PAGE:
By Patty Wilber
Last week I used the term “neck collars” to describe what I bought from Perri’s Leather for the horses, but Perri’s calls them neck STRAPS, in case anyone was searching.
But as long as I am thinking about collars, how about breast collars?
I have a saddle that is lacking the typical “D” rings for “normal” breast collar attachment, so I finally got around to looking for one of those breast collars that attach through the gullet of the saddle. Turns out they are called “pulling collars”.
And while I was searching around I also found there are breast collars called “tripping collars”, so here is a little run down on breast collars, because although I have more than one breast collar, apparently, I really knew very little about breast collar styles!
The Normal-to-Me breast collar: These hook to the “D” rings on the saddle and go between the horse’s legs and hook to the cinch. They can be decorative for showing and also work well for holding a saddle in place when riding in the mountains or doing working cow horse stuff. They are also good for for roping.
The Pulling Collar: According to Cowboy Way: “Pulling breast collars are popular among Western riders, particularly ranchers and ropers. Instead of crossing a horse’s chest from side-to-side like some other styles, pulling breast collars sit just above the line of a horse’s shoulders and buckle around the pommel of the saddle. According to ranchers, ropers, and others that prefer this style of breast collar, pulling breast collars allow the horse more freedom of shoulder movement and better leverage when pulling.” This is the type I just purchased!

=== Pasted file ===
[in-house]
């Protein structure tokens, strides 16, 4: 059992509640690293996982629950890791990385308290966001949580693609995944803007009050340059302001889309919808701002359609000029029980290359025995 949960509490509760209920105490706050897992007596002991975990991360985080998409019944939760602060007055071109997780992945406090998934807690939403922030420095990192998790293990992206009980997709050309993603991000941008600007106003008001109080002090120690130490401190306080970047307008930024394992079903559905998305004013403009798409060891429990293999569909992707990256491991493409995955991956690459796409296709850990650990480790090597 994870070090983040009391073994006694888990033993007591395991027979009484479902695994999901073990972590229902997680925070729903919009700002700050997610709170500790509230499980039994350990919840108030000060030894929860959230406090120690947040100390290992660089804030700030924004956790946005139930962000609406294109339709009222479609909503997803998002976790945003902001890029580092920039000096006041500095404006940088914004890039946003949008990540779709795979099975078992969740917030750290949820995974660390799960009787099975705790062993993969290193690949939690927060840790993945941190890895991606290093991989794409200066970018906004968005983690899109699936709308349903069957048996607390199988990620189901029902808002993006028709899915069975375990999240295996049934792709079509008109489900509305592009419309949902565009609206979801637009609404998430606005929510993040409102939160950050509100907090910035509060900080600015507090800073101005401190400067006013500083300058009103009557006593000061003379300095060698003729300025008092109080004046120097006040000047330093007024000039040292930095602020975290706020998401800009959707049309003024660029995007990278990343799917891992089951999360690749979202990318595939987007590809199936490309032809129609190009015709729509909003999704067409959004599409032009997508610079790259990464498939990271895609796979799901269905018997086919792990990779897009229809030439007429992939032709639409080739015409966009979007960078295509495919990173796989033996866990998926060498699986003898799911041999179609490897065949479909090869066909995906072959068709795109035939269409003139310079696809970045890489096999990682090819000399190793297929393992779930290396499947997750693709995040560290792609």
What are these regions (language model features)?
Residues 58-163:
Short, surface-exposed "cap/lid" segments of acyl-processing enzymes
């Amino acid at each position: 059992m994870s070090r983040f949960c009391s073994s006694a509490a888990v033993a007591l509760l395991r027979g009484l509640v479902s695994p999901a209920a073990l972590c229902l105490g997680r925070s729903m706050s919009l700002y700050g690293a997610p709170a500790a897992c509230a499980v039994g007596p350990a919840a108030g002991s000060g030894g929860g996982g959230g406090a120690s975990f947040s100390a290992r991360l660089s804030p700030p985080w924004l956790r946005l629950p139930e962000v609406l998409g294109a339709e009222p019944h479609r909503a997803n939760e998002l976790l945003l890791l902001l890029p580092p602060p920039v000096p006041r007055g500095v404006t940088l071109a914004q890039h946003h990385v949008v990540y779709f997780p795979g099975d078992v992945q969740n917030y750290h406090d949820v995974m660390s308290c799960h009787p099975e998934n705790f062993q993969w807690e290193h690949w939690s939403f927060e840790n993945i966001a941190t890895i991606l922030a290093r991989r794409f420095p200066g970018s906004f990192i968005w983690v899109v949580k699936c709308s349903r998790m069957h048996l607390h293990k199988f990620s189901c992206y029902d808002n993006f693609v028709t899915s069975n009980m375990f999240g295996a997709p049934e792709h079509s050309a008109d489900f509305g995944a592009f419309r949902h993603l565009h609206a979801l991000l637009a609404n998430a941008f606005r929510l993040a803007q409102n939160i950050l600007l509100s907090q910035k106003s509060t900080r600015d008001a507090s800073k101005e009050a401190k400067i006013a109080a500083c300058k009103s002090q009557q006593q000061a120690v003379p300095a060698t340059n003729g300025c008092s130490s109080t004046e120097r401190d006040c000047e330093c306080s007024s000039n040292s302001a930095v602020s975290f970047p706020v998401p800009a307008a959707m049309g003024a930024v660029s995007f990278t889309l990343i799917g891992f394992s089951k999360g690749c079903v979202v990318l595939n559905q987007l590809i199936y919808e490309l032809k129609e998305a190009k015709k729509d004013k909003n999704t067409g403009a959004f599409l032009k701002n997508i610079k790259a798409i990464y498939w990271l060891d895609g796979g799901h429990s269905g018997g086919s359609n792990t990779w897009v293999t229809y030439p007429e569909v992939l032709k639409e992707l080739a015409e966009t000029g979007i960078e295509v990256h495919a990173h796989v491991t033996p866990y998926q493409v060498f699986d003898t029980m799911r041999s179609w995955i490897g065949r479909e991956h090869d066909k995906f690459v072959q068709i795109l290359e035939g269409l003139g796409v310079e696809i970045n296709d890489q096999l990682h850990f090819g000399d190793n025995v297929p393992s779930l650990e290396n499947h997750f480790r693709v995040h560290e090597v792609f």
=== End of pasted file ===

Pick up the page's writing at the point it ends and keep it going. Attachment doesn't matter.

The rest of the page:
The third type I came across was a “Tripping Collar” and looks like the breast collar on my pack saddle. They are quite broad and distributes any pulling weight across a large surface area. They hook to that D ring my saddle is lacking and also to the cinch in a V. They are popular with folks that do steer tripping, and, as I mentioned, on pack saddles.
Steer Tripping is a rodeo event and is also a technique that a cowboy out alone can use to, say, doctor a steer, says my friend Ed.
I can’t tell if this guy has a tripping collar on or not.
Here is a breast collar that is a combination from DR Custom Cinches. It attaches like a tripping collar near the shoulder and the “normal” style–going between the legs.
I got my pulling collar this week and have been using it on Indy. So far so good.
And finally, here is a short video on breast collars from Weaver Leather.